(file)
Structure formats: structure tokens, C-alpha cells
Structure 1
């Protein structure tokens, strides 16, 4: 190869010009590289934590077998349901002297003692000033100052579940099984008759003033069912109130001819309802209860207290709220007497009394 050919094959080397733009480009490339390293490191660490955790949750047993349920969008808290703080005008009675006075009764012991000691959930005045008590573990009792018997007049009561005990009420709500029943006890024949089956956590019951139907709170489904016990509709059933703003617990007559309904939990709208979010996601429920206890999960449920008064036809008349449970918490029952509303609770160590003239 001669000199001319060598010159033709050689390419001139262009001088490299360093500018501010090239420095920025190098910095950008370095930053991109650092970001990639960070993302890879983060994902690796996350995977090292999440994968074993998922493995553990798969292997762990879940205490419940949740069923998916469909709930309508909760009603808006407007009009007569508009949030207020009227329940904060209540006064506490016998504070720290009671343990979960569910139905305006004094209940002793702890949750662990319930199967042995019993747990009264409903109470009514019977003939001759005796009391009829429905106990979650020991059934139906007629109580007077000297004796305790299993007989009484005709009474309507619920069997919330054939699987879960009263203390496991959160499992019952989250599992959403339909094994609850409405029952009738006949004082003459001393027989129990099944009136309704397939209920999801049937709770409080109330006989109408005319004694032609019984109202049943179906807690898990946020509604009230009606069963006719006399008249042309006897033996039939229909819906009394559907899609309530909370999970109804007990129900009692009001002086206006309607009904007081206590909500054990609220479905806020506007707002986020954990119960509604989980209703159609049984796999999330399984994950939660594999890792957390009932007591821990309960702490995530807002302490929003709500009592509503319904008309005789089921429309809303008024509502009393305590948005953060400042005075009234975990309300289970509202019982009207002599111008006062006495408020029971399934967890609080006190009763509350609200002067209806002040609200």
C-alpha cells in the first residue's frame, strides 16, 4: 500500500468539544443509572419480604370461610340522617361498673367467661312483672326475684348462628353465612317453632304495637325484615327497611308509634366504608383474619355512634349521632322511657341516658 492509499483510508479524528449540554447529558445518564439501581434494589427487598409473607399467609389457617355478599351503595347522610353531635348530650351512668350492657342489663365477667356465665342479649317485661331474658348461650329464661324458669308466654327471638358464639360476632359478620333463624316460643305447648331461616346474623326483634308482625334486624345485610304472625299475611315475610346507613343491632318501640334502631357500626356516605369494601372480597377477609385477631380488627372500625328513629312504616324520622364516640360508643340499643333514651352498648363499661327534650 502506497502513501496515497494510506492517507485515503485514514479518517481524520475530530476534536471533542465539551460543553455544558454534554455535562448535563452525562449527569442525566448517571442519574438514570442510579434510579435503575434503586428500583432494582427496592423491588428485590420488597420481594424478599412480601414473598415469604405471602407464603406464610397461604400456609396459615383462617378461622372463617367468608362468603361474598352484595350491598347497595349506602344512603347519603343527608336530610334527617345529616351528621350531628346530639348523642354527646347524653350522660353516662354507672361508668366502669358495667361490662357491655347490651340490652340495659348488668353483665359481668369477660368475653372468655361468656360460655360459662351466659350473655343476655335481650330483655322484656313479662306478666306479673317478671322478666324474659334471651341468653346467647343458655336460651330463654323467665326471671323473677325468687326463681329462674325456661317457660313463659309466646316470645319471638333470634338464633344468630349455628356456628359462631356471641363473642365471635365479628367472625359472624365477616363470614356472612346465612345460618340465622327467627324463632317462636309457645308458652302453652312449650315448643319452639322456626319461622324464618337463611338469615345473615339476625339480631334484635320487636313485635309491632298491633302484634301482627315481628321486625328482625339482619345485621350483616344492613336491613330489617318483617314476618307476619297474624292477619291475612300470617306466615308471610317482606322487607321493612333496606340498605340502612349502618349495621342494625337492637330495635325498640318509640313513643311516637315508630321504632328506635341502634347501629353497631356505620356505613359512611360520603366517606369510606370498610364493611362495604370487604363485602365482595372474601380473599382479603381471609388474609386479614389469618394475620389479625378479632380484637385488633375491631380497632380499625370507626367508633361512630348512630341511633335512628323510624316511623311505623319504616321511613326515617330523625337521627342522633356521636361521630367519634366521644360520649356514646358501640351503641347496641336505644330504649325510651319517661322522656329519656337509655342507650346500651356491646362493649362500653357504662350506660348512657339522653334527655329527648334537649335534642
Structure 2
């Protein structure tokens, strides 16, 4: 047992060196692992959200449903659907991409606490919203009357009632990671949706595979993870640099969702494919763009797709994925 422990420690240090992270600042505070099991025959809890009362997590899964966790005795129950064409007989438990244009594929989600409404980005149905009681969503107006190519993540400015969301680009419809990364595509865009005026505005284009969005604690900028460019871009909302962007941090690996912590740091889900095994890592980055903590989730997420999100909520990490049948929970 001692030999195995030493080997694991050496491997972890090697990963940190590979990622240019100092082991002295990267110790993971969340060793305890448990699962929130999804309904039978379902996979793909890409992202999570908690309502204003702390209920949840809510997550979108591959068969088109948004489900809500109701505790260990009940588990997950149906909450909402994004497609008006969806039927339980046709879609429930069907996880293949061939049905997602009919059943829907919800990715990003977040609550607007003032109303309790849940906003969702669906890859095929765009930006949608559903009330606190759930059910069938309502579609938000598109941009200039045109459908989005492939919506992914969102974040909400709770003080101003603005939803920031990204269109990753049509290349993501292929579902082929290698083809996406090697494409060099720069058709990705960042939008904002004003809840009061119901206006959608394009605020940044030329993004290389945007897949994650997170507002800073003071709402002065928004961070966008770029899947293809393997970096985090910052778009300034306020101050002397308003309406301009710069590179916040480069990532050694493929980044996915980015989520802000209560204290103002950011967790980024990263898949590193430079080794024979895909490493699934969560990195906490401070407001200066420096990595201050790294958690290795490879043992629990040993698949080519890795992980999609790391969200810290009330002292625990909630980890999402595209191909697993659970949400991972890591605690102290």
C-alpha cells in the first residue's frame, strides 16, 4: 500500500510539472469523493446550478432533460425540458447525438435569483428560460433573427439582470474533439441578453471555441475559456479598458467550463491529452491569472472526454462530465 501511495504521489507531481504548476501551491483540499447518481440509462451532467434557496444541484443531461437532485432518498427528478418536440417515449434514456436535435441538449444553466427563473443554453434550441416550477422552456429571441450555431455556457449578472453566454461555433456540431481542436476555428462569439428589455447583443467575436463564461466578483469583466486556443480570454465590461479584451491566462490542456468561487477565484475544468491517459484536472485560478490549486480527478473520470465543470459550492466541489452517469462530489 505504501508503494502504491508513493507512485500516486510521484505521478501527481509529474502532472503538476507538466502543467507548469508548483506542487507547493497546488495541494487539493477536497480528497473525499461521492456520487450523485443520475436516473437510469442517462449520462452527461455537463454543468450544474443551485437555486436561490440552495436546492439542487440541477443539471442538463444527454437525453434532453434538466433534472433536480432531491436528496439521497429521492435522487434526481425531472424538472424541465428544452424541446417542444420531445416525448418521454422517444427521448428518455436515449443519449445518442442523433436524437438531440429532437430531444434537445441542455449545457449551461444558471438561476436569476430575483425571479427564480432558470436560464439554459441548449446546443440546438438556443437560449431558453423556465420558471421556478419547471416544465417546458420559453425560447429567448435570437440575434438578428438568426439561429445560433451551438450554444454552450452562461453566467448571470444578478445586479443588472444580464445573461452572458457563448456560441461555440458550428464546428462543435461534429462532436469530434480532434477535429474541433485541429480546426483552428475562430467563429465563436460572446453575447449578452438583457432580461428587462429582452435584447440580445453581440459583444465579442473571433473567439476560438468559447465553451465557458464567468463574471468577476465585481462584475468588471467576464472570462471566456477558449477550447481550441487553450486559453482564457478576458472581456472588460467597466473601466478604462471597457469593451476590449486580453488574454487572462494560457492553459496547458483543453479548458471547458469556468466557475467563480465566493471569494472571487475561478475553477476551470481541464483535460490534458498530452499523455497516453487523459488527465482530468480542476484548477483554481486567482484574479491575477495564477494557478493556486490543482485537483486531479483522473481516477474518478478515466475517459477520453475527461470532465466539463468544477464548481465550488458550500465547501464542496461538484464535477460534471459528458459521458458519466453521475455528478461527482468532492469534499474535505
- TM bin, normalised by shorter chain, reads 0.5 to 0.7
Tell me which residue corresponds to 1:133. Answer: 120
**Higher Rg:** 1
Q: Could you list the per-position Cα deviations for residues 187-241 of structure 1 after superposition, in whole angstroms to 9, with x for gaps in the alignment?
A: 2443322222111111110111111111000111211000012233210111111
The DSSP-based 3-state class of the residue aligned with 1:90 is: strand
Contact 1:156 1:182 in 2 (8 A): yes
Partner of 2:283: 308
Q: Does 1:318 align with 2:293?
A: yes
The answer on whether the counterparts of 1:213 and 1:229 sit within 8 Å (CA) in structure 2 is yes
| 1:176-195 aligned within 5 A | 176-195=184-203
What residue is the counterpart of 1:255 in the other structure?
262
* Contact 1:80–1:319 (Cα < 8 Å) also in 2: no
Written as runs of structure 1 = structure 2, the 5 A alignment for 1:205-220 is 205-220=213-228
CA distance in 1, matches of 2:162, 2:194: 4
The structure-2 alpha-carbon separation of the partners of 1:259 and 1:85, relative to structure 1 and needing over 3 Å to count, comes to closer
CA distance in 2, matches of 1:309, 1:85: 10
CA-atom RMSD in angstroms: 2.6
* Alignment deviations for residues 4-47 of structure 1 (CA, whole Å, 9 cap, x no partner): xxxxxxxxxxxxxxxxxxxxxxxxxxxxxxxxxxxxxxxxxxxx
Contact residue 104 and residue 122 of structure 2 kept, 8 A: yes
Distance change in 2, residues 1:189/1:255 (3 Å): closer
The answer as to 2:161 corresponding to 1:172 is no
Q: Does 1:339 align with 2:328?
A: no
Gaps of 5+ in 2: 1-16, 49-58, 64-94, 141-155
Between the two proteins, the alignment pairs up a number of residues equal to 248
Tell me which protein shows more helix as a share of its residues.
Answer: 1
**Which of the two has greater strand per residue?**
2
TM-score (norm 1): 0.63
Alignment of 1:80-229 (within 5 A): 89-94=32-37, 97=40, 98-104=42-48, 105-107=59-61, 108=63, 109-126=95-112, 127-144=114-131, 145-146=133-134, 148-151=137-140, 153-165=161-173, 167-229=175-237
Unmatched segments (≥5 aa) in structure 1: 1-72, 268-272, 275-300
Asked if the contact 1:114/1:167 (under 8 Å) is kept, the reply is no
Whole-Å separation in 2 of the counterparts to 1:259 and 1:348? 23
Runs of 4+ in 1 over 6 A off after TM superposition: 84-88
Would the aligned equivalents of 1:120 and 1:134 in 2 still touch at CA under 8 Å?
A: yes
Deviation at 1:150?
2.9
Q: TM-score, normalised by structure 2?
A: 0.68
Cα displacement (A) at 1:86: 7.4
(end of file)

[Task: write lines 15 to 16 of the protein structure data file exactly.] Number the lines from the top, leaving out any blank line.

Partner of 2:283: 308
Q: Does 1:318 align with 2:293?